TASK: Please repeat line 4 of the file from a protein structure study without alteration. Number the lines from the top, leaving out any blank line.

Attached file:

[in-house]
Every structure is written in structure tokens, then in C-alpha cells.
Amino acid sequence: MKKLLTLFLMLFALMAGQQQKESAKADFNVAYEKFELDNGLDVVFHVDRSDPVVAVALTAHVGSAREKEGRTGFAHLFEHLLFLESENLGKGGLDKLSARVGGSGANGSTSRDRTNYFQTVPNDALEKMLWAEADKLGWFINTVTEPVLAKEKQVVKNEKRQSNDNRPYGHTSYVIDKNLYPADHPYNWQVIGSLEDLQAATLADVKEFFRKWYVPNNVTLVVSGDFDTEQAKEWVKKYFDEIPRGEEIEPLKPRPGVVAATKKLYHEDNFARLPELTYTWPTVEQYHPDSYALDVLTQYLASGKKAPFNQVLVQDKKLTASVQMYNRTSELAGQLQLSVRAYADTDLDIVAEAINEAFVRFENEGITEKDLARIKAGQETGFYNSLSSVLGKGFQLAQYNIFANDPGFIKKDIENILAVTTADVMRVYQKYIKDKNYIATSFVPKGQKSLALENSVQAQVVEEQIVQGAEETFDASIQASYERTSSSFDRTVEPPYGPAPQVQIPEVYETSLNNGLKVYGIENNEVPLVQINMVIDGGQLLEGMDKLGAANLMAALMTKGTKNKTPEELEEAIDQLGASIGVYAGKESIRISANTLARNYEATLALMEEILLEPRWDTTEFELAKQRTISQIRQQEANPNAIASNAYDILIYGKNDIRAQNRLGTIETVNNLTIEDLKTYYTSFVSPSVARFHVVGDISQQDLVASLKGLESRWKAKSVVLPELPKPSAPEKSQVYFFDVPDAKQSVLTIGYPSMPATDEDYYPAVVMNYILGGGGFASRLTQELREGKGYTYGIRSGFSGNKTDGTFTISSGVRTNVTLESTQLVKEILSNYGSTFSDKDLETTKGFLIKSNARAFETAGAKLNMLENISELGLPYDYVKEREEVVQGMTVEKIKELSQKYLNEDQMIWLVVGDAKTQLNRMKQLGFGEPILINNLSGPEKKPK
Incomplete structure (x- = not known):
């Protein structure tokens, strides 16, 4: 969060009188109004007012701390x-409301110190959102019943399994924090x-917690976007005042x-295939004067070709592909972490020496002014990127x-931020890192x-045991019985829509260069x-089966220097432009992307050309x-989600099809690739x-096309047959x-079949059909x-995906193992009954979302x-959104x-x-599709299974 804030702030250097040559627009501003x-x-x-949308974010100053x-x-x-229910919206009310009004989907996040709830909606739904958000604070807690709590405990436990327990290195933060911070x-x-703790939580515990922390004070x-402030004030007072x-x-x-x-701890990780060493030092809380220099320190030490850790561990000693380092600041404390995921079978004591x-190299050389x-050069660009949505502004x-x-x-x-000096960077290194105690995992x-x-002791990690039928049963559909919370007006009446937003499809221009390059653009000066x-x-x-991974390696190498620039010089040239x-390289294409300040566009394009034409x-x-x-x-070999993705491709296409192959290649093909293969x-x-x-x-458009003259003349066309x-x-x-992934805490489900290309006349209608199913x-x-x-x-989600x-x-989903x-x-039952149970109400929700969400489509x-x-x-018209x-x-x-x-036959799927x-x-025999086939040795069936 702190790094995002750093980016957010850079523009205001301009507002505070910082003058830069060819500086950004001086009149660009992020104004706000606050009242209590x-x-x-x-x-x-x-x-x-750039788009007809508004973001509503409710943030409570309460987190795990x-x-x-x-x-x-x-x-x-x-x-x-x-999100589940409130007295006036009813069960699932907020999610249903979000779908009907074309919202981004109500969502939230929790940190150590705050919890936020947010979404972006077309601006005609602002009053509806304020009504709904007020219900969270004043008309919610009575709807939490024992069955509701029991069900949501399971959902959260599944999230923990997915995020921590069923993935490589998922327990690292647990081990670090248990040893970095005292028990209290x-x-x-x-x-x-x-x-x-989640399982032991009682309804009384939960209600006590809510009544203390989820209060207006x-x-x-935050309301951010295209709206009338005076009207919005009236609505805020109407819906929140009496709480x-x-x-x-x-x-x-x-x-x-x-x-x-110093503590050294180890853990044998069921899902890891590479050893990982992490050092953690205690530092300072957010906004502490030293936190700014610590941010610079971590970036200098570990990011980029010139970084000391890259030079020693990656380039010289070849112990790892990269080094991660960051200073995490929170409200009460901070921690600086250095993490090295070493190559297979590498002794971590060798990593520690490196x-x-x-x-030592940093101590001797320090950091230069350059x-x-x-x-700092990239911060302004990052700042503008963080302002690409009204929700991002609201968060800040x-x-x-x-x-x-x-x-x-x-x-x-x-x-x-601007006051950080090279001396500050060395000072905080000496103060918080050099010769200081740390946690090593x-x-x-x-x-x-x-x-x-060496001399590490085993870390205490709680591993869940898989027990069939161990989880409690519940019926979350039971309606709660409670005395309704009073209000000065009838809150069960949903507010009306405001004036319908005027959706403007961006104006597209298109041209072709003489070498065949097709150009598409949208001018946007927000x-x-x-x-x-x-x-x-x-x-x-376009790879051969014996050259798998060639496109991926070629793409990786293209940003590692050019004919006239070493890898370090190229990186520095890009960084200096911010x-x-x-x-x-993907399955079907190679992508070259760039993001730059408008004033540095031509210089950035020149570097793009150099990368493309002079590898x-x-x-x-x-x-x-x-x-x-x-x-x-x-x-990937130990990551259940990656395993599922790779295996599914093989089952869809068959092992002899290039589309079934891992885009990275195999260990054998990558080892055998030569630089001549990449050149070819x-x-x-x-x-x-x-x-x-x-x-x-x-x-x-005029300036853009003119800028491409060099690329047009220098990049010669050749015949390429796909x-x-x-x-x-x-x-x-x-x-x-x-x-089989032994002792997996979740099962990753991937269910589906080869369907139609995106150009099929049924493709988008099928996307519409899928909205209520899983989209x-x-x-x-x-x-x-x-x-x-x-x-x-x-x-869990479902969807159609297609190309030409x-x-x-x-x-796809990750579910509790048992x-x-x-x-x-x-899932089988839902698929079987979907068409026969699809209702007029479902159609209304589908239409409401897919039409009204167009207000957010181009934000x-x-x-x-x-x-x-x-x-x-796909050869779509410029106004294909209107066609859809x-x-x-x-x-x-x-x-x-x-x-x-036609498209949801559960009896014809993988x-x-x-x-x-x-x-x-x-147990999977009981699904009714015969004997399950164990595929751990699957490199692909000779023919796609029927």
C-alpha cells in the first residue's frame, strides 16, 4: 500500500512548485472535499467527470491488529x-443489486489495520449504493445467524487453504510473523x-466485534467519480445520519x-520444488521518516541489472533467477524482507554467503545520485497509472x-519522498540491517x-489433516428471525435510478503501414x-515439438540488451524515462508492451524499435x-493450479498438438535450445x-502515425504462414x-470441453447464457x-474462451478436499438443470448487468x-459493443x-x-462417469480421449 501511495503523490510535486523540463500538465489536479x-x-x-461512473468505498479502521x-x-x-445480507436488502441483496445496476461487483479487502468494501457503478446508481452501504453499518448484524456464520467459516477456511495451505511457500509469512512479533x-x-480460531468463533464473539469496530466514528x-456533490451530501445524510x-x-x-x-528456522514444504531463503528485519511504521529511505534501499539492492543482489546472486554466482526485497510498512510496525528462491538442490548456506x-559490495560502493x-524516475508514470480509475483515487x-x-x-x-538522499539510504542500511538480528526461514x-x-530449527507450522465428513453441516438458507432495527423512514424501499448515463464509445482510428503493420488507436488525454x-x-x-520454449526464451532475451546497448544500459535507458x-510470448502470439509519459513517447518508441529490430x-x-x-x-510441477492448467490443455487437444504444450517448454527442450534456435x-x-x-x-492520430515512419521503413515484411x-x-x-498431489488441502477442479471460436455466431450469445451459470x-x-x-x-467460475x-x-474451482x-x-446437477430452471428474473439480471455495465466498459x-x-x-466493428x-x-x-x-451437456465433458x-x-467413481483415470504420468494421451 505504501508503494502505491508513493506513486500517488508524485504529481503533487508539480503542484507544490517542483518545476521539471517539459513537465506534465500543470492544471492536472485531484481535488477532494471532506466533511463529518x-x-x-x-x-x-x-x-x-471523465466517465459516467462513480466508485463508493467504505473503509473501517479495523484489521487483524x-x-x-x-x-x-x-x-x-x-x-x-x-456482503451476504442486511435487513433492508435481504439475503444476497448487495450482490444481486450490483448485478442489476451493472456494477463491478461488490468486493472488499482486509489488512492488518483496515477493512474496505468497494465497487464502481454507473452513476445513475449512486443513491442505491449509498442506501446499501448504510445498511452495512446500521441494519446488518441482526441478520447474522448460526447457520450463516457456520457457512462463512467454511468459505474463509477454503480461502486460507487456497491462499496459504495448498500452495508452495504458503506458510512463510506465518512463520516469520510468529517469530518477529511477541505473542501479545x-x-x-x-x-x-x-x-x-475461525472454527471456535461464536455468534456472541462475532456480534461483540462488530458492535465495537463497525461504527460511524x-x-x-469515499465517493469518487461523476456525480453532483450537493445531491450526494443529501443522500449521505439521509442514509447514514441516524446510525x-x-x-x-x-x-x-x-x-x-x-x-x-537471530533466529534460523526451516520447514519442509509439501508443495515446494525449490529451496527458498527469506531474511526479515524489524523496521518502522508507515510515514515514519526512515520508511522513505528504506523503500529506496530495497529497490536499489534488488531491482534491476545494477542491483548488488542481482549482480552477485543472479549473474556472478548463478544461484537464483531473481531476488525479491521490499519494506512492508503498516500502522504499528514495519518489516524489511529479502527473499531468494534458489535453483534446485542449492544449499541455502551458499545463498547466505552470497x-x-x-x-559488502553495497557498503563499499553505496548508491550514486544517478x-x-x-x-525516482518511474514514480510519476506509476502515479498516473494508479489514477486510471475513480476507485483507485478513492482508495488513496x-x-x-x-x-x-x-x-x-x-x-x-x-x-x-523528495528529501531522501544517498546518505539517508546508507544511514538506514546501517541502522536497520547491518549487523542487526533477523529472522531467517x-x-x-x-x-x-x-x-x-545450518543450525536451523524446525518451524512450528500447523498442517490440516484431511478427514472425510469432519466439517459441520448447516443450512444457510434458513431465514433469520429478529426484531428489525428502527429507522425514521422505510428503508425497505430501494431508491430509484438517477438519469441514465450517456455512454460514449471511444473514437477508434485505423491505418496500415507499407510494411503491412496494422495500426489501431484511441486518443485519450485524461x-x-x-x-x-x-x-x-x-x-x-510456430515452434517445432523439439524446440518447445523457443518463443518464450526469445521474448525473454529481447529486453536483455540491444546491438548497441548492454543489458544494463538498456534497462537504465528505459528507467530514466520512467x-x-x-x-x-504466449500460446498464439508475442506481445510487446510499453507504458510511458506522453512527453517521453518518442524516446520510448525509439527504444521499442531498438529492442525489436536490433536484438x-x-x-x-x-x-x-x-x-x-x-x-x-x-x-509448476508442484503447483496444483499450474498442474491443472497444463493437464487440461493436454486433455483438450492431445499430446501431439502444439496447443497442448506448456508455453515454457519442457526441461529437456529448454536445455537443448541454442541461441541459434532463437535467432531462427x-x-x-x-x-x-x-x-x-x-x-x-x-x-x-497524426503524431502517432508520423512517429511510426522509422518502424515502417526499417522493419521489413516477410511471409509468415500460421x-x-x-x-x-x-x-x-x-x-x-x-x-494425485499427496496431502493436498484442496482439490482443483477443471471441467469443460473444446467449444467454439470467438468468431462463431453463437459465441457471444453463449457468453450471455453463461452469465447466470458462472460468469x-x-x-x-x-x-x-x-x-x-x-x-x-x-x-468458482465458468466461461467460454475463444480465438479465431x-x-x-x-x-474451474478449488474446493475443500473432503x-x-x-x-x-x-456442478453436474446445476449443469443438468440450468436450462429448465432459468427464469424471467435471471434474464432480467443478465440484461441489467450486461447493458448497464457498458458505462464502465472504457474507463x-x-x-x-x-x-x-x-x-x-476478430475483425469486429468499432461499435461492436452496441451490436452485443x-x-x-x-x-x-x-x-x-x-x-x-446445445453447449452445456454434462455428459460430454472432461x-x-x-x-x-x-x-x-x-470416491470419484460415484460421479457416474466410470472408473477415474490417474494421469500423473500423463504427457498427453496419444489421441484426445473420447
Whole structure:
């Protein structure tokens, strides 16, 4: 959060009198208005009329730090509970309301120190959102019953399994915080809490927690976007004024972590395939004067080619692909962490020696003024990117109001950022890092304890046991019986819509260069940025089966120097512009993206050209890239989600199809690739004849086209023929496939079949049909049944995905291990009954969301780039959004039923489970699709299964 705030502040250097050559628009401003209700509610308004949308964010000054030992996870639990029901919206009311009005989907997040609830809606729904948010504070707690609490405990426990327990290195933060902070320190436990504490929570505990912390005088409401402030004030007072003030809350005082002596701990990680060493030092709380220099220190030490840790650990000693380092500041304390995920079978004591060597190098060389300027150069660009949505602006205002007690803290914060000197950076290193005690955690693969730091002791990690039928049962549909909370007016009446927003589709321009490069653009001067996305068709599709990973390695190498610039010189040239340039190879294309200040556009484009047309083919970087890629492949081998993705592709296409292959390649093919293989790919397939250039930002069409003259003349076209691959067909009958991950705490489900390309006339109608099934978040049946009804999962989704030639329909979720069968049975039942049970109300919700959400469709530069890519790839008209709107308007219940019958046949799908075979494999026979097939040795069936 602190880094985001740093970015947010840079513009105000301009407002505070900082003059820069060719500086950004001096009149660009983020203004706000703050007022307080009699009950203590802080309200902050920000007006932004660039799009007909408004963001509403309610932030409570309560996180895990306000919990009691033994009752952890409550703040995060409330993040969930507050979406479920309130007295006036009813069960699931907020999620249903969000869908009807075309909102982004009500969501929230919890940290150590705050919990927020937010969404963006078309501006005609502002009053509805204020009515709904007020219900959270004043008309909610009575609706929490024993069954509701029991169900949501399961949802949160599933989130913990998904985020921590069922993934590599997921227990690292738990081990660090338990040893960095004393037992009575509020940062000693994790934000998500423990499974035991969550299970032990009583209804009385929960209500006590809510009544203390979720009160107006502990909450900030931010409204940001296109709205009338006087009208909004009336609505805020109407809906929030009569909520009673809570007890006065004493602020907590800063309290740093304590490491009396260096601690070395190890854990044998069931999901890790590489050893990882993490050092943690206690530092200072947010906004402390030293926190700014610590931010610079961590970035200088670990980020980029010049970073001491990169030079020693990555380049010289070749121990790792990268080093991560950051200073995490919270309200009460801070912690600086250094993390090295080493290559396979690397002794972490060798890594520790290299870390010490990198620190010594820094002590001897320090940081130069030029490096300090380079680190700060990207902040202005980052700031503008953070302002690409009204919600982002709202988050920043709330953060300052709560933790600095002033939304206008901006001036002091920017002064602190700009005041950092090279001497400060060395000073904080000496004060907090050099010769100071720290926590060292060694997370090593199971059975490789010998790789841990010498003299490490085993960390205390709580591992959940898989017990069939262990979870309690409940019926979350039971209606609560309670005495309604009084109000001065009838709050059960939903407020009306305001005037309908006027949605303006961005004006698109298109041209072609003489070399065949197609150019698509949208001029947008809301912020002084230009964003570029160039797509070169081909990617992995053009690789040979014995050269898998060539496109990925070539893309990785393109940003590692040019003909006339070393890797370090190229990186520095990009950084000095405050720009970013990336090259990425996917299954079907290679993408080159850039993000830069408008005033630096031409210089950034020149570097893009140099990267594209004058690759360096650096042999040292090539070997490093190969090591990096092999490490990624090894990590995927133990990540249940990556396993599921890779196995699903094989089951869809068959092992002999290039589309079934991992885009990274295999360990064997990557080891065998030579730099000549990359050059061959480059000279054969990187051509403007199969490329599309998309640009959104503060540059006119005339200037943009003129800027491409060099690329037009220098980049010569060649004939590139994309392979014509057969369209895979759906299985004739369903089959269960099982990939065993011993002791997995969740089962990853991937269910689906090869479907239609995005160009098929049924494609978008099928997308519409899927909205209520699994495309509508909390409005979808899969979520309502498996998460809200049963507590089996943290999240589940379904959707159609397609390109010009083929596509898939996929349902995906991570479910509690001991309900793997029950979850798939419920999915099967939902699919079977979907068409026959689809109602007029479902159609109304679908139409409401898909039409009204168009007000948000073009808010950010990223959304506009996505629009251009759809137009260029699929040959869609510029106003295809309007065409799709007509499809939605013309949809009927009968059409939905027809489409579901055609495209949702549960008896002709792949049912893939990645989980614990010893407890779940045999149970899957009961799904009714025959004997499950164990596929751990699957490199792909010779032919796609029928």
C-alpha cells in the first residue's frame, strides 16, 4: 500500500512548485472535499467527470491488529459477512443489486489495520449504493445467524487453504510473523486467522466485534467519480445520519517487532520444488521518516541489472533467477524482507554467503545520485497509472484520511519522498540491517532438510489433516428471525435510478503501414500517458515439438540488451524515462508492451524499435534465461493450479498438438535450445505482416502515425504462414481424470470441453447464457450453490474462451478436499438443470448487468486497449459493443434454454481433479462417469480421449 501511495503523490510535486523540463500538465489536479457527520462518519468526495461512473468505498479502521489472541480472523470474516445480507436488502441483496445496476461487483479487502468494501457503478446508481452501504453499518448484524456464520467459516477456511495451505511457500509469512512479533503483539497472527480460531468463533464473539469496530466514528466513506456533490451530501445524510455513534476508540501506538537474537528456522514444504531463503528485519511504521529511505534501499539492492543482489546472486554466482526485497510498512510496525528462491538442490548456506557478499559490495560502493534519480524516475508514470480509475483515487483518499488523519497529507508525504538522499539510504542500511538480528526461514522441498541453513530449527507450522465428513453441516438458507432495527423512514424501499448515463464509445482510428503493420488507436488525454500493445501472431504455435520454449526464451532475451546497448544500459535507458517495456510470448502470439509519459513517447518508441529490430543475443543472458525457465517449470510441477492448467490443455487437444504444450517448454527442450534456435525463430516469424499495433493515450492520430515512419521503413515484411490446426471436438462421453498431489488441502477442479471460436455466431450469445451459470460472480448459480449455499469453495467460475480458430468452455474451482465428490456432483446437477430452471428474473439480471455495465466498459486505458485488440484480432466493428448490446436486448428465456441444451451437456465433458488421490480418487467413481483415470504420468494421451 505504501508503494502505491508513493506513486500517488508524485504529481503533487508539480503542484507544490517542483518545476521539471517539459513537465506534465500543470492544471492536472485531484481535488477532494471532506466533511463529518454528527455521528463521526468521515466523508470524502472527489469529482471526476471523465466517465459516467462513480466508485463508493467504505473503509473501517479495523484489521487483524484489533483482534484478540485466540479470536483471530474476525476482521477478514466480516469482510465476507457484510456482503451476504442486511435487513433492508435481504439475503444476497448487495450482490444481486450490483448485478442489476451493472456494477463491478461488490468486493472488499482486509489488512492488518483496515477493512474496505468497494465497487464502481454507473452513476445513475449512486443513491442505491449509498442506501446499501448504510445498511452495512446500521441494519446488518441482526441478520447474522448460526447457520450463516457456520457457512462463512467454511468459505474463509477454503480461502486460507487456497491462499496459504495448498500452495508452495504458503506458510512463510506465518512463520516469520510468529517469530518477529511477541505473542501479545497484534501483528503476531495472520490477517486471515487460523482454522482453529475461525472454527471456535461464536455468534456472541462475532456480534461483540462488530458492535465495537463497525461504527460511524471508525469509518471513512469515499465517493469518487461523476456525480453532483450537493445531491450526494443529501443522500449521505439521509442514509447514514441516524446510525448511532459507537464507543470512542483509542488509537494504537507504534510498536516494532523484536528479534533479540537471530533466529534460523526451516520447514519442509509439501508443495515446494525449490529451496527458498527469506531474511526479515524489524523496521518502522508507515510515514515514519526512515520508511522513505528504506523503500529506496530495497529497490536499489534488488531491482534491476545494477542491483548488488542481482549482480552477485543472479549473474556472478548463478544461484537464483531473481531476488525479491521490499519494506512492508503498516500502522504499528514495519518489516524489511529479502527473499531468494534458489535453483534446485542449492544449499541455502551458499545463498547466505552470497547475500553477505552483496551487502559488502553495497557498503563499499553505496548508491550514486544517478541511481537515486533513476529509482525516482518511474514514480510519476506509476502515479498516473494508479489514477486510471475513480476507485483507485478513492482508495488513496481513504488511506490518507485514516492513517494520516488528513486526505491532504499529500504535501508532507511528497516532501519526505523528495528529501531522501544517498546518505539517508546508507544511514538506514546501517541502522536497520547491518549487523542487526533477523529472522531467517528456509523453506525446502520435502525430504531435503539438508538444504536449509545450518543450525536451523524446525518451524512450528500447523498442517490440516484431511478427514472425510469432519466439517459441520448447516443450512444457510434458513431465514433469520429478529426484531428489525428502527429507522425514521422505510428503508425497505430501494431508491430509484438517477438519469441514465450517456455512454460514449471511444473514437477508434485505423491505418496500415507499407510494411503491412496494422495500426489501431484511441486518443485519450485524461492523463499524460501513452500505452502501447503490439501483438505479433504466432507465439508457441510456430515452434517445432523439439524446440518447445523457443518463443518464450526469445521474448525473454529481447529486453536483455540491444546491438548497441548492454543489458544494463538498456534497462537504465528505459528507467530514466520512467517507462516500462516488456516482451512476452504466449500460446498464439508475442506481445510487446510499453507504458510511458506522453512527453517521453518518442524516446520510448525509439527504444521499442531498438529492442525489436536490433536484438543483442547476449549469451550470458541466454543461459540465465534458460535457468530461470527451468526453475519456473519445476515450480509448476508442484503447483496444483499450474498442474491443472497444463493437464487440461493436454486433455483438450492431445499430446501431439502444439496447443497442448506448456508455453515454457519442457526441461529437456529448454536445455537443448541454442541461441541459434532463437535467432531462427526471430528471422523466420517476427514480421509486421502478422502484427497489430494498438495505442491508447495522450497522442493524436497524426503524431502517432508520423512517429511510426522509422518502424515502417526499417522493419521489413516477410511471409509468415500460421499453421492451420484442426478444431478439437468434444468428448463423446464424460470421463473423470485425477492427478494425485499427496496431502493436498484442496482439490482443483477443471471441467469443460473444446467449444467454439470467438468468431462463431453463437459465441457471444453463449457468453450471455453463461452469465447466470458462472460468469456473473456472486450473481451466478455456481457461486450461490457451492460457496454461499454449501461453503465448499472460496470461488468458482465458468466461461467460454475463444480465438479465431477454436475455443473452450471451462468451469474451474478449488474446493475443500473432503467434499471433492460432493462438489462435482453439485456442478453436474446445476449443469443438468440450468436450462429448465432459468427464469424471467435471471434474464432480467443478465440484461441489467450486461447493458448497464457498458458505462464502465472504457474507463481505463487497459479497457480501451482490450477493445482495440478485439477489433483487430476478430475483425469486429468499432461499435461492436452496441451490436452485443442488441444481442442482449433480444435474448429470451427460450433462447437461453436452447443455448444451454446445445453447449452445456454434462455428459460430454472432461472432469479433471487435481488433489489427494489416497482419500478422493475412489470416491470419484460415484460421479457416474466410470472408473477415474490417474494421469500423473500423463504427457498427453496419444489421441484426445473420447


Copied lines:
Incomplete structure (x- = not known):